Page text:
A tool to make configuring deploy triggers easy.
Deploy Goon is that was originally birthed from working on deployment procedures for Anchor Tab. When I was building out our continuous integration and deployment system, I wanted a way to trigger a release on the production server without the server running Jenkins actually having SSH access to the production box. To accomplish that, I wrote a quick-and-dirty Node.js daemon that kicked off the deploy scripts when it received an HTTP request.
After some iteration on the intial idea, I ended up with the specification for what is now Deploy Goon: a simple, but powerful, remote command execution daemon configurable with JSON files.
- Capable of running any command, as any user.
- IP whitelisting to prevent Joe the Hacker from executing your deploys.
- Support for using X-Forwarded-For header as IP if proxy trust is enabled.
- Easy-to-use CLI interface for managing which configuration files are used.
- Automatically reloads deploy configurations when they change.
- Stock support for basic notifications delivered via Mandrill email. If you have additional notification methods you'd like supported, open a PR!
To install Deploy Goon, you'll need to first install Node.js. You can find some excellent instructions for doing so on their website. After you have Node.js installed, execute the following command on your terminal:
$ sudo npm install -g deploy-goon
That will globally install Deploy Goon, and should drop the
deploygoon executable on your path, which is all you really
need to get started.
In the configuration above, when
http://localhost:9090/baconsauce is hit from either
whoami command will be run. If it failed, we'll dispatch an email via Mandrill to "The Boss" letting him know.
(Of course, "zzzzz" isn't a valid Mandrill API key, so you'll need to get one of those.)
Here are all the options we support in detail.
- slug (string, required) – This should be a lowercase and hyphenated unique identifier for the project. Something suitable for for usage in a URL because it will make up the latter part of the URL for trigging your deploy.
- description (string, recommended) – Some human readable description of the project for display as output of the
- ipWhitelist (array of string, recommended) – IPs
- deployActions (array of objects, required) – The steps of the deploy process described in objects, where each object can take the
- name (string) – The huamn friendly name for the action.
- command (string) – The program name to execute.
- arguments (array of string) – Arguments to be passed to the command.
- uid (number) – The numeric user id to execute the command under.
- gid (number) – The numeric group id to execute the command under.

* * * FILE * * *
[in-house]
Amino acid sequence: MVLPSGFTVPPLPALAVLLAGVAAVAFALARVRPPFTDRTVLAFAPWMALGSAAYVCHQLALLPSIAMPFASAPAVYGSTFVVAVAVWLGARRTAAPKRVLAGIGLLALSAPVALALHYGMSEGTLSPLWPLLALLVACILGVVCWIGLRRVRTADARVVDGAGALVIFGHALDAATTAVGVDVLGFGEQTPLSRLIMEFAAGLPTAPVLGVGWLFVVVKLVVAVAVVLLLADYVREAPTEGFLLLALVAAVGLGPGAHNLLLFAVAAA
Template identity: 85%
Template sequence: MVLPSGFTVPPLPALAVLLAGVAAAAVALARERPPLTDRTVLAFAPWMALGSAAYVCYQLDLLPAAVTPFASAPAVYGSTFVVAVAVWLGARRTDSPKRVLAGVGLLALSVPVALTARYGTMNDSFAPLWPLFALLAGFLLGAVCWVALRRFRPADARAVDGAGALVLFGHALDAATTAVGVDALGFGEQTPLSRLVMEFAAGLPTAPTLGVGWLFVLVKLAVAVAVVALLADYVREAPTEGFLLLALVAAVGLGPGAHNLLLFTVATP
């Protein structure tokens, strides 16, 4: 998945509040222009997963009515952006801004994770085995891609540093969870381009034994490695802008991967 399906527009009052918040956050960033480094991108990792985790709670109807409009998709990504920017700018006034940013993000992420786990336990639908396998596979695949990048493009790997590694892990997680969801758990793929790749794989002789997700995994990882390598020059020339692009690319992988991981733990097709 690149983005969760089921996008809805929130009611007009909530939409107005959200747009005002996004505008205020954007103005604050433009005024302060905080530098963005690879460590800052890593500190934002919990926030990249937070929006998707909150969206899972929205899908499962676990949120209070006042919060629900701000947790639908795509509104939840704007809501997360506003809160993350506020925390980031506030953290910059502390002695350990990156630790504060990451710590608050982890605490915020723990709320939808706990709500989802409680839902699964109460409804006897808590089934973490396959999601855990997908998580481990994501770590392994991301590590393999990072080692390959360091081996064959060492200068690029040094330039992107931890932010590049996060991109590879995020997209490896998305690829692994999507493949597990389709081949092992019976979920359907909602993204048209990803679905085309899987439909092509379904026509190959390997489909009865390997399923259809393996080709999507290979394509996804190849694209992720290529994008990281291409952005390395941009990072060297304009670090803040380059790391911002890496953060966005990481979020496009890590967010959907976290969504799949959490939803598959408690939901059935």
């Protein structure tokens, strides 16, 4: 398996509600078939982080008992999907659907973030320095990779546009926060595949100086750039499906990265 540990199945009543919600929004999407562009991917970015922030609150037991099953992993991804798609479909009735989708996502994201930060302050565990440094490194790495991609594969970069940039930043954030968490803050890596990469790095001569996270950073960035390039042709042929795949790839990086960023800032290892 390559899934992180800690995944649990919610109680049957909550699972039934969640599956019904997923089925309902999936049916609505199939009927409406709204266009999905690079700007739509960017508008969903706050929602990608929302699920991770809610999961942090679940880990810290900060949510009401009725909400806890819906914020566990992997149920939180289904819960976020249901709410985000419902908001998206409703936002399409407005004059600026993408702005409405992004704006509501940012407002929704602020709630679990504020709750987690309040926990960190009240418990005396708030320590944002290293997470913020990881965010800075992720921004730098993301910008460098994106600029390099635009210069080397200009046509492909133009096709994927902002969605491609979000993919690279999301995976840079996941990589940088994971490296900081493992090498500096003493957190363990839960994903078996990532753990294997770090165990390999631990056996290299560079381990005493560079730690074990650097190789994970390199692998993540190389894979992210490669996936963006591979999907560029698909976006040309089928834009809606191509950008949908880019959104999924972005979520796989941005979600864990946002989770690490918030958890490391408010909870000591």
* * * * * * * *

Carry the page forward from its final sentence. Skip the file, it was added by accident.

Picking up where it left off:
- notifications (object, optional) – Notification settings for the deploy process. If omitted, no notifications will occur. If provided
use the following format.
- notifier (string, required) – The name (minus extension) of the notifier to use.
- onSuccess (boolean, optional) – By default we only notify you on failed deploys. If you'd like success notifications too, set this flag to true.
- settings (object, required) – The format of this object is specific to the notifier implementation you're using. It will be passed verbatim to the notifier.
After you have this build definition, you can do the following:
$ sudo deploygoon add path/to/my-deploy-job.json
Your deploy job will then be added to the list of jobs Deploy Goon knows about. Now, all that's left is to start up Deploy Goon!
$ sudo deploygoon start
Assuming nothing went wrong, you should now have Deploy Goon running on port 9090. You should be able to trigger the deploy you described above by going sending an HTTP request to http://localhost:9090/my-job like so:
Output from the deploy job will be displayed in Deploy Goon's logfile located at
Fair question. This is a task that's easily handled by doing some quick and dirty shell scripting, as I've obviously done. And this isn't my first time writing a script like this. I actually implemented a similar ruby-specific one called unicorn-easy-restart awhile back. I decided I'm tired of re-inventing the wheel. I figured other people were as well.
My name is Matt Farmer. I'm a software engineer hailing from Atlanta, GA. I'm a member of Hacklanta. I'm a code curator for a handful of people these days, not the least of which is Anchor Tab where I serve as Lead Engineer. You can read my ramblings at my blog and on my twitter account.